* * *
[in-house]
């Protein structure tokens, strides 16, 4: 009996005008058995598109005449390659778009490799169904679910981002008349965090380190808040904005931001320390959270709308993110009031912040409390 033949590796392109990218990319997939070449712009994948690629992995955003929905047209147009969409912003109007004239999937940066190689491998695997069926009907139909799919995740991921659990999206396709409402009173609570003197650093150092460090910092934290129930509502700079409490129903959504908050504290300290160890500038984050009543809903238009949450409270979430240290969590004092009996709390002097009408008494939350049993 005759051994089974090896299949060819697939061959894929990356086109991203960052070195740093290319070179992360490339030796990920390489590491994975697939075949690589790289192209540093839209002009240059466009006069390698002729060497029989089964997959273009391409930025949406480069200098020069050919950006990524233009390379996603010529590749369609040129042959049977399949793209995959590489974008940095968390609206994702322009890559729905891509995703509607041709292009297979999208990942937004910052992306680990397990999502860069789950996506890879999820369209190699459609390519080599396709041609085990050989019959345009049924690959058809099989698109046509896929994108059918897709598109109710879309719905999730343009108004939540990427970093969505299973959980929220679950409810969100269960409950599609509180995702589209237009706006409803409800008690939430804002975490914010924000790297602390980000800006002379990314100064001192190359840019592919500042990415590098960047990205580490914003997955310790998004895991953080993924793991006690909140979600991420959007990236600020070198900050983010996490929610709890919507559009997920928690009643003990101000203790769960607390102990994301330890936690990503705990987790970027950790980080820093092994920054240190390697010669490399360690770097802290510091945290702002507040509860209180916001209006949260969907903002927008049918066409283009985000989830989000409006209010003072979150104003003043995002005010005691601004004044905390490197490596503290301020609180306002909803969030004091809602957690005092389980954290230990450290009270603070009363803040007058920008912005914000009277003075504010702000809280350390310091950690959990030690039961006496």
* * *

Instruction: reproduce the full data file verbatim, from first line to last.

[in-house]
């Protein structure tokens, strides 16, 4: 009996005008058995598109005449390659778009490799169904679910981002008349965090380190808040904005931001320390959270709308993110009031912040409390 033949590796392109990218990319997939070449712009994948690629992995955003929905047209147009969409912003109007004239999937940066190689491998695997069926009907139909799919995740991921659990999206396709409402009173609570003197650093150092460090910092934290129930509502700079409490129903959504908050504290300290160890500038984050009543809903238009949450409270979430240290969590004092009996709390002097009408008494939350049993 005759051994089974090896299949060819697939061959894929990356086109991203960052070195740093290319070179992360490339030796990920390489590491994975697939075949690589790289192209540093839209002009240059466009006069390698002729060497029989089964997959273009391409930025949406480069200098020069050919950006990524233009390379996603010529590749369609040129042959049977399949793209995959590489974008940095968390609206994702322009890559729905891509995703509607041709292009297979999208990942937004910052992306680990397990999502860069789950996506890879999820369209190699459609390519080599396709041609085990050989019959345009049924690959058809099989698109046509896929994108059918897709598109109710879309719905999730343009108004939540990427970093969505299973959980929220679950409810969100269960409950599609509180995702589209237009706006409803409800008690939430804002975490914010924000790297602390980000800006002379990314100064001192190359840019592919500042990415590098960047990205580490914003997955310790998004895991953080993924793991006690909140979600991420959007990236600020070198900050983010996490929610709890919507559009997920928690009643003990101000203790769960607390102990994301330890936690990503705990987790970027950790980080820093092994920054240190390697010669490399360690770097802290510091945290702002507040509860209180916001209006949260969907903002927008049918066409283009985000989830989000409006209010003072979150104003003043995002005010005691601004004044905390490197490596503290301020609180306002909803969030004091809602957690005092389980954290230990450290009270603070009363803040007058920008912005914000009277003075504010702000809280350390310091950690959990030690039961006496």